I find beauty everywhere, in places near and far and subjects large and small. My focus is on the experience and enjoyment of nature, and my photography attempts to capture the sense of wonder and reverence that I feel for my subjects. My goal is to share realistic and natural images of my experiences and interactions with nature. I only share what I feel are authentic representations of something that I observed. I believe good photography is all about composition and light, and that postprocessing is simply a way to reinforce the qualities already present in an image. That's my vision in a nutshell... For more details about my stance on postprocessing and specific techniques I do or do not use, please read on.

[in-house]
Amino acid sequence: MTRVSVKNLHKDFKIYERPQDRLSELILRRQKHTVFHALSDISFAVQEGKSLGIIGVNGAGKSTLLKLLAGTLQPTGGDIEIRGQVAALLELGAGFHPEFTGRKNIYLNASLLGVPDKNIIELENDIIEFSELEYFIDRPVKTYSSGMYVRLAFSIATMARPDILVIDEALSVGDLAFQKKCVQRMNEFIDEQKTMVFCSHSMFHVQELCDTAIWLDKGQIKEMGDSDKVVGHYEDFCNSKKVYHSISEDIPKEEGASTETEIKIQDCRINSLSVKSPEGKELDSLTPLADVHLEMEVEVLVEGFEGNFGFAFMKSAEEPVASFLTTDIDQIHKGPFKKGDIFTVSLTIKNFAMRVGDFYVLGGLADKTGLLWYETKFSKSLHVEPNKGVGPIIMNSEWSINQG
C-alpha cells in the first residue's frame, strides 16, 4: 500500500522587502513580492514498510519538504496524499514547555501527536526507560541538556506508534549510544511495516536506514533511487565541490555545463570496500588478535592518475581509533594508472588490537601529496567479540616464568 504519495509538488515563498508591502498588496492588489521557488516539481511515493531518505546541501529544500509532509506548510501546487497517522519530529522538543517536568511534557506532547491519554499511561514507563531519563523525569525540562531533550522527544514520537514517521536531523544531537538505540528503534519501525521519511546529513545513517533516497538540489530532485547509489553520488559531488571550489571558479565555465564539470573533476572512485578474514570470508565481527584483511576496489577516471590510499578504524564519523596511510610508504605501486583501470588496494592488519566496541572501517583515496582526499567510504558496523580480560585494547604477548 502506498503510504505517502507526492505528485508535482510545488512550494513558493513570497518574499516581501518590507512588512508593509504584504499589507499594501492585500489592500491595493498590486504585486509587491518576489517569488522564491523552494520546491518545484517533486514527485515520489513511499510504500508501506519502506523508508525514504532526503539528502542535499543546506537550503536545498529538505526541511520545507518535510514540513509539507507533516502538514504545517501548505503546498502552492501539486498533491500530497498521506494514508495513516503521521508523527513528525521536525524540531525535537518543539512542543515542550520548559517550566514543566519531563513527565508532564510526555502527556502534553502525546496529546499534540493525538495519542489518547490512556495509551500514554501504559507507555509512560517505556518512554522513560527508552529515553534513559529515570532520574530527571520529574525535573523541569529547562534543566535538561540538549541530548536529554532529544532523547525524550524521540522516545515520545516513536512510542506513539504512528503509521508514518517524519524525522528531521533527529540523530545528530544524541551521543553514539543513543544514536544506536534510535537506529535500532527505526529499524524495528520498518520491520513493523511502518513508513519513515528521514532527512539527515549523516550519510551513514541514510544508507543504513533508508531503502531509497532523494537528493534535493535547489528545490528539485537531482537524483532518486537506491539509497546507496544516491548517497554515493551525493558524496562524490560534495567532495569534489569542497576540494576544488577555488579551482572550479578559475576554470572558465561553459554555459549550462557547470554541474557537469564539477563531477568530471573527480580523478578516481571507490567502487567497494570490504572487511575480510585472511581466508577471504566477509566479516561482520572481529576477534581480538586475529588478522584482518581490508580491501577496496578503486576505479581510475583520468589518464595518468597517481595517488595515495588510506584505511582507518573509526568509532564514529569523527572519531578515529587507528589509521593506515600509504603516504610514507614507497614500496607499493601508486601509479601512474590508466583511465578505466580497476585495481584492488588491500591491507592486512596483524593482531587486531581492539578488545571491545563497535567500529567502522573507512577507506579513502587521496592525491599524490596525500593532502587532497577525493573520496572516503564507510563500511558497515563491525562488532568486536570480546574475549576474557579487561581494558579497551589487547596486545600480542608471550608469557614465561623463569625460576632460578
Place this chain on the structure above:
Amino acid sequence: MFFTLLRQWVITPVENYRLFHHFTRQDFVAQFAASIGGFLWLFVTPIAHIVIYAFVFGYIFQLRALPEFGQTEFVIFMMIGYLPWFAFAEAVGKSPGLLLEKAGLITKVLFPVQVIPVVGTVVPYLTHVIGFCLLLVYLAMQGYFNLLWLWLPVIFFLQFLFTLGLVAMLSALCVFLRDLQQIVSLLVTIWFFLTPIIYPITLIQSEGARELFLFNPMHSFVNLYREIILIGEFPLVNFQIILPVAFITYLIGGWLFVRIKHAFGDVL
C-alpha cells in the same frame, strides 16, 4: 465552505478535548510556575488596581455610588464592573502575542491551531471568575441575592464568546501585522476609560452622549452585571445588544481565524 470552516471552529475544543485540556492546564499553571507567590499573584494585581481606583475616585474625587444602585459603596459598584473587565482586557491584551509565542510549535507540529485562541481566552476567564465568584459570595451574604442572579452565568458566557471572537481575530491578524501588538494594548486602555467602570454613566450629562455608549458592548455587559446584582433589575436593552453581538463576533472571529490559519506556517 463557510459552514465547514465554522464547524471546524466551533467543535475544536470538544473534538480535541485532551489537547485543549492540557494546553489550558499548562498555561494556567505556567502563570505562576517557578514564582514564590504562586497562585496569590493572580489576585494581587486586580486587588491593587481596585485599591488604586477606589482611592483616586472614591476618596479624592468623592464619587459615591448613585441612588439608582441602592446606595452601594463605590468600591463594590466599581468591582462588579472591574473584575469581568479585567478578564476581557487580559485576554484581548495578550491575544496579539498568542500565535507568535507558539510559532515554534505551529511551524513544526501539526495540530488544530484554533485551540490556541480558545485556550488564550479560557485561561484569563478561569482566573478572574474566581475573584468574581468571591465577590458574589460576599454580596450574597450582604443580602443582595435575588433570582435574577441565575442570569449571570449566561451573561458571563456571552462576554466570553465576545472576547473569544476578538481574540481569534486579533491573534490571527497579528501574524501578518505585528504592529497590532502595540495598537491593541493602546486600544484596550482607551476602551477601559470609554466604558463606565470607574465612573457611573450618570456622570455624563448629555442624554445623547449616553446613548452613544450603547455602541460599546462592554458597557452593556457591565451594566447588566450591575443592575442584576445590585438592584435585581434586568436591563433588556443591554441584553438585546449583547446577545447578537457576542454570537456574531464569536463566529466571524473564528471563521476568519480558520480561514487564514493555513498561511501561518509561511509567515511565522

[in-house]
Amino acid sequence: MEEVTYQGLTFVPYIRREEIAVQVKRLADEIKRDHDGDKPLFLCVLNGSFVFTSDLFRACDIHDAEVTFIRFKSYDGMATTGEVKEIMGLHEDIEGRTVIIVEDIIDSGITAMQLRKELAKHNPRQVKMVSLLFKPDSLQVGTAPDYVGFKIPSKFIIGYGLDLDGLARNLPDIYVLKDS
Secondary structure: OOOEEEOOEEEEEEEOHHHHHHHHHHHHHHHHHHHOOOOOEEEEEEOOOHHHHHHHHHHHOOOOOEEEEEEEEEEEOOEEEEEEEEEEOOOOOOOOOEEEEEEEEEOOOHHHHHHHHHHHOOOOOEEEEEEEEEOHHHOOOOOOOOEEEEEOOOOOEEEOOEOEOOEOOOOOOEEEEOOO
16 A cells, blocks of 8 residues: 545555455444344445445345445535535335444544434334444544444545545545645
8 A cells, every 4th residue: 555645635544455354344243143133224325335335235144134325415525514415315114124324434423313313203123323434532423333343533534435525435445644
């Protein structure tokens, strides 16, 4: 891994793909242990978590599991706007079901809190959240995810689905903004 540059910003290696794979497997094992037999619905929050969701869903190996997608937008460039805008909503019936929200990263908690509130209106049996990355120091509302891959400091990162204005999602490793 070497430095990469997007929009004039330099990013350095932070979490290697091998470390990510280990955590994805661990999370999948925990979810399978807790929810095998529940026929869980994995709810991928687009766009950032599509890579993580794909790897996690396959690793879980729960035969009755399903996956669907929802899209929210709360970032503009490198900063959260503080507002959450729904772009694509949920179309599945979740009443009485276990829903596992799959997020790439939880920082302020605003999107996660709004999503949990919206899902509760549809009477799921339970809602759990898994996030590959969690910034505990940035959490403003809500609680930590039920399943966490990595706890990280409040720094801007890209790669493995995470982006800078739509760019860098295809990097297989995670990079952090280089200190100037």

I use photography as a way to better connect with nature. Hence, I only shoot with full-featured interchangeable lens digital cameras that offer full creative control of the image-making process. For me, there is no replacing an ergonomically-sound camera that offers direct control of all exposure variables without you having to look at the screen or controls, or - worst of all - click through a bunch of digital menus. I like to compose images by looking through the viewfinder, where all other distractions are eliminated from my peripheral vision. Only (very) rarely will I use the LCD screen for composition, if looking through the viewfinder is impossible because of the camera placement. I do not use a drone. While using one would open up a whole world of compositional opportunities, the experience would be incompatible with how I approach photography and my focus on having - and capturing- real and intimate connections with nature.